Prop 8: How we got here from there

This post is the first of several providing background information about the LDS church’s involvement in the Prop 8 campaign in California. The series will provide pertinent court case and appellate background information to readers interested in March’s Supreme Court hearing. More detailed timelines showing LDS involvement in same-sex marriage politics may be found here.

In late June, 2008, the First Presidency of The Church of Jesus Christ of Latter-day Saints sent a letter to all local priesthood leaders in California.  This letter, scheduled to be read over pulpits in Sacrament Meetings on June 29th, urged all members to do “do all you can to support the proposed constitutional amendment by donating of your means and time” with further instruction to come through priesthood leadership channels.  After several months of intense campaigning both in and out of chapels, the measure passed in California with a 52%-48% vote and California became the first state in the country to remove the right of same-sex couples to marry.

Within days of the election’s certification, lawsuits were filed by same-sex couples wishing to marry.  They argued that California’s newly revised constitution was in conflict with the rights guaranteed to all United States citizens under the 14th Amendment to the U.S. Constitution.  A federal judge agreed with the argument, but the decision was stayed – not to be enforced – until the appellate process was completed.

On March 26th, these same-sex couples will have their final day in court as the U.S. Supreme Court is scheduled to hear their attorneys’ arguments.  Church attorney Von Keetch and his firm Kirton & McConkie, recently filed an amicus curiae (friend of the court) brief.  As the church’s involvement in the Prop 8 campaign was central to both the campaign and the original court case, it is appropriate now that we take a look at how we got to this stage in the game.

While it often appears that Mormon church involvement in California’s election seems to have sprung from nowhere, it is really the result of years of relationship-building and conferencing.  The church has a long history of weighing in on what it considers to be moral matters – usually gambling, marriage, or gender equality, and occasionally abortion.  By the time 2008 rolled around, a number of men experienced both in priesthood leadership roles and political action were prepared to take the helm against anything that threatened to destroy traditional families, as they put it.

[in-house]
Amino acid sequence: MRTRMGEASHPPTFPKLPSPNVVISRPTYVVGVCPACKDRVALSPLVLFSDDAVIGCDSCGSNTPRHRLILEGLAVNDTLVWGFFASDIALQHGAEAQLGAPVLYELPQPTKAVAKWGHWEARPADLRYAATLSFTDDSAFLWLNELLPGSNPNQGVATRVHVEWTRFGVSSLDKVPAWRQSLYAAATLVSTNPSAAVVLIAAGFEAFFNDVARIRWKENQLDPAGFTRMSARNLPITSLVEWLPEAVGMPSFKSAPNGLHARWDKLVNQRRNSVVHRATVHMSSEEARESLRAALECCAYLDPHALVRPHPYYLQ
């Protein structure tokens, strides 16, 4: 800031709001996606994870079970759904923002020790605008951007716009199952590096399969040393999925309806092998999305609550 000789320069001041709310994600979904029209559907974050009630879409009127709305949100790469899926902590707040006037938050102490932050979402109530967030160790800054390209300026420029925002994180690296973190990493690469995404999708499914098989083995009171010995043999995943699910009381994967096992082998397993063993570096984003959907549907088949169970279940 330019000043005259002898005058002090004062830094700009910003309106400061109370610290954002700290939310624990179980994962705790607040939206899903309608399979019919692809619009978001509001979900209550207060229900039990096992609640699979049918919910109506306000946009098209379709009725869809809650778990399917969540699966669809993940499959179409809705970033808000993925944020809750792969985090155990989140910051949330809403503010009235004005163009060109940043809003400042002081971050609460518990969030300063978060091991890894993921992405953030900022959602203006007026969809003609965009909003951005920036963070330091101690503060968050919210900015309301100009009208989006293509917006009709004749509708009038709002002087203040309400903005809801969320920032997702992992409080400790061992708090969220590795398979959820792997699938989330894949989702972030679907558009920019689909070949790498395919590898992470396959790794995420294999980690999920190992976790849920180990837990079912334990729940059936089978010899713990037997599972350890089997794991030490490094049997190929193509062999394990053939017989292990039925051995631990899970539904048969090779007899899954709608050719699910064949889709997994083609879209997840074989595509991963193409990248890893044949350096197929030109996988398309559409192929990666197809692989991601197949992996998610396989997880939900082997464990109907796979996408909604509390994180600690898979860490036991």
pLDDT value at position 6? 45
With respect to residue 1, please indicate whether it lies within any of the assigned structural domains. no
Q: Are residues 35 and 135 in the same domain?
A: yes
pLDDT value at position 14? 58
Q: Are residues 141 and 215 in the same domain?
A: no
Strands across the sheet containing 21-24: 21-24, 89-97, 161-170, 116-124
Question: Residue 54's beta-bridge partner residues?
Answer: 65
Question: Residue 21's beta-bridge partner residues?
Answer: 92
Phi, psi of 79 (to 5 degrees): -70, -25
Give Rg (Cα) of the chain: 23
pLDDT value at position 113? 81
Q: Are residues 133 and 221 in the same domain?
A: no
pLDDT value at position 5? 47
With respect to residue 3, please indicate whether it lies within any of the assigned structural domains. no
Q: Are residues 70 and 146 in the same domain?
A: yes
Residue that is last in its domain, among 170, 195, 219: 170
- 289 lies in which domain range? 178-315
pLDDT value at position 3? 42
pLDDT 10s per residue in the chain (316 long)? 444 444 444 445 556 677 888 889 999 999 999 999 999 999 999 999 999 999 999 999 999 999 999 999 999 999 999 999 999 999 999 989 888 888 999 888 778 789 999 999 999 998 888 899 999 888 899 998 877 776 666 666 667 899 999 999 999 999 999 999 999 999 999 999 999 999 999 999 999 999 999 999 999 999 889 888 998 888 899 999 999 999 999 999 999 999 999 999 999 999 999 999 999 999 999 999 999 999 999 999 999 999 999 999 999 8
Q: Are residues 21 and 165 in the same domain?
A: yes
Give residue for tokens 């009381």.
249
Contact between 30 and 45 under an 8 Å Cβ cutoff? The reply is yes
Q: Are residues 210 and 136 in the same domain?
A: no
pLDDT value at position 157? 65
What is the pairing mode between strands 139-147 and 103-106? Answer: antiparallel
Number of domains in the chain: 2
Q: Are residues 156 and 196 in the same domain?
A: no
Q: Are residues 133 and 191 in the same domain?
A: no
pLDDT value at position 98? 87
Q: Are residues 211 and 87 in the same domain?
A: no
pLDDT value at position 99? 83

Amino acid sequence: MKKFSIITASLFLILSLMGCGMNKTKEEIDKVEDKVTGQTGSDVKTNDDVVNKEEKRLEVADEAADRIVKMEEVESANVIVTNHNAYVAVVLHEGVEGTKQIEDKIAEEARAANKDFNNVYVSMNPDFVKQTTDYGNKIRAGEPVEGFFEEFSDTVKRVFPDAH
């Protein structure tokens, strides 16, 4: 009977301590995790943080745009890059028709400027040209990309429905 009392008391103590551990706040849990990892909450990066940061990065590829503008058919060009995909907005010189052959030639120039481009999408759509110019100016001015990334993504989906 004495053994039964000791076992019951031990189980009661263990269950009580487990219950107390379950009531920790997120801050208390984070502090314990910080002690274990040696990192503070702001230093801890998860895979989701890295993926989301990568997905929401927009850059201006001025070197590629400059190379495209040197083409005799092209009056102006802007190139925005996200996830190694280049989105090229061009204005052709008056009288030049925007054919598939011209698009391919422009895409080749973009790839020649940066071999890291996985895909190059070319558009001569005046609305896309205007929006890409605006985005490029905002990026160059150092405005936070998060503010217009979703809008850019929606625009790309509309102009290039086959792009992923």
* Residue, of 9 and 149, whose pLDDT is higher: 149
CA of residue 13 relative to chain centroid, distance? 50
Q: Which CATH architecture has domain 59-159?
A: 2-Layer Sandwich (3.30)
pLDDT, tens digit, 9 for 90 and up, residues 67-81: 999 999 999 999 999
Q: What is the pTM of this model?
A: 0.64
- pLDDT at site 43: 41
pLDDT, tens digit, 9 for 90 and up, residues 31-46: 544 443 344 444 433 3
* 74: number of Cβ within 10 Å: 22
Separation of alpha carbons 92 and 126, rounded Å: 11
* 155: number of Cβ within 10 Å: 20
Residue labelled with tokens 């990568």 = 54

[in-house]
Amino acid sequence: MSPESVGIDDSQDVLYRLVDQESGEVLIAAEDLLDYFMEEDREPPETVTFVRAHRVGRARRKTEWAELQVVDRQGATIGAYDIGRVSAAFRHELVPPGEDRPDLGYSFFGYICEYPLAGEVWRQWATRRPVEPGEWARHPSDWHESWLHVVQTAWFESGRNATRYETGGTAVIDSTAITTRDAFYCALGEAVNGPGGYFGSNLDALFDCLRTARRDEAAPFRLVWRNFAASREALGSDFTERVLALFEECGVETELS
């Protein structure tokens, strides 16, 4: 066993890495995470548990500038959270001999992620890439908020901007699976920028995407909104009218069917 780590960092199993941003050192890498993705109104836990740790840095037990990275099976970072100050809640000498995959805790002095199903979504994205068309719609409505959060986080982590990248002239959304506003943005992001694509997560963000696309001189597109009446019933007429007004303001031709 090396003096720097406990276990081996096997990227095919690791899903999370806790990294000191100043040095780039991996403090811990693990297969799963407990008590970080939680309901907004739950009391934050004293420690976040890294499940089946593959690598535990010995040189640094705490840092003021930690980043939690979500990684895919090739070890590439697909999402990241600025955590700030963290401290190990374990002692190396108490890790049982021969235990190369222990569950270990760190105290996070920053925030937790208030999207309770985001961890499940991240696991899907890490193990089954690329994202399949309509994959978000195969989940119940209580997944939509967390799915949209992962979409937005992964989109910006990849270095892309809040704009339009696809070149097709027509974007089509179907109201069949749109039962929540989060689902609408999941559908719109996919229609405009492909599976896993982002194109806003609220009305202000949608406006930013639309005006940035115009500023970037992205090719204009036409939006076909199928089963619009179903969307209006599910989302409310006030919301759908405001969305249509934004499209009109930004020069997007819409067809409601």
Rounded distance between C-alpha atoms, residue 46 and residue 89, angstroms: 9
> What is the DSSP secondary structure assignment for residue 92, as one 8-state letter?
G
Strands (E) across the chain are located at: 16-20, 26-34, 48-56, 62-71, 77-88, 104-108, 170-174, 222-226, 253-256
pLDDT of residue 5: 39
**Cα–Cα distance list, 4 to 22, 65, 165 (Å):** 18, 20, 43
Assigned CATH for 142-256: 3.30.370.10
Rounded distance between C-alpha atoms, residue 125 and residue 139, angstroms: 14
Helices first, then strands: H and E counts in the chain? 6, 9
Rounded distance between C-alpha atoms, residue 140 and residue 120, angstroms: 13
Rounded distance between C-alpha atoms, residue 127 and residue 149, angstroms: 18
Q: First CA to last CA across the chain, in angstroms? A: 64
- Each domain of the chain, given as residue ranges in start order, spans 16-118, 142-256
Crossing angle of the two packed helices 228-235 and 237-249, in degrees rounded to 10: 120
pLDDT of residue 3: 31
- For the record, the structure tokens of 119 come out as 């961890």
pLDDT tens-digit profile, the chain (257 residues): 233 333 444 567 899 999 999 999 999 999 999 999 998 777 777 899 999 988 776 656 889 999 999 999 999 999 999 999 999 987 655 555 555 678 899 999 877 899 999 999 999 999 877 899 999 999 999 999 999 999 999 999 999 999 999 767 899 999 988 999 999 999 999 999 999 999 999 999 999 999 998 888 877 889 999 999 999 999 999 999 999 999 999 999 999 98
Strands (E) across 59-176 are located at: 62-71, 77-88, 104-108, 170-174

In the mid-1990s, for example, Hawaii’s state legislature was considering whether or not to allow same-sex civil unions.  The LDS church made use of its strong connections and presence in Hawaii and set up a group called Hawaii’s Future Today which appeared to be independent, but which was taking direction from both Mormon leaders in Salt Lake City and from the National Conference of Catholic Bishops.  For more information on LDS involvement in Hawaii, see this timeline.

As Hawaii’s civil union legislation went down to defeat, California State Senator William J. “Pete” Knight was gearing up to make sure California would not have to recognize same-sex unions, either.  Senator Knight’s Chief of Staff, Andy Pugno (who himself would later co-author Prop 8), contacted BYU professor Lynn Wardle about the possibility of Wardle testifying in California’s legislature. Wardle had already testified in Hawaii and was alternately testifying or providing guidance to other state legislatures and their committees about writing DOMA laws in their own states.

While church leaders didn’t want to fight a battle against same-sex marriage on two fronts (both Hawaii and California), they recognized several important facts about California:

1 – California is influential (“As California goes, so goes the nation”) – if same-sex marriage became legal in California, it would not be long before other states would recognize it as well, and Utah might be forced to join the throngs, too.

2 – California’s election system is ideal for influence-peddling.  Because it only takes a simple majority (50% +1) to change its constitution or its laws, it’s a prime target for voter-driven petitions.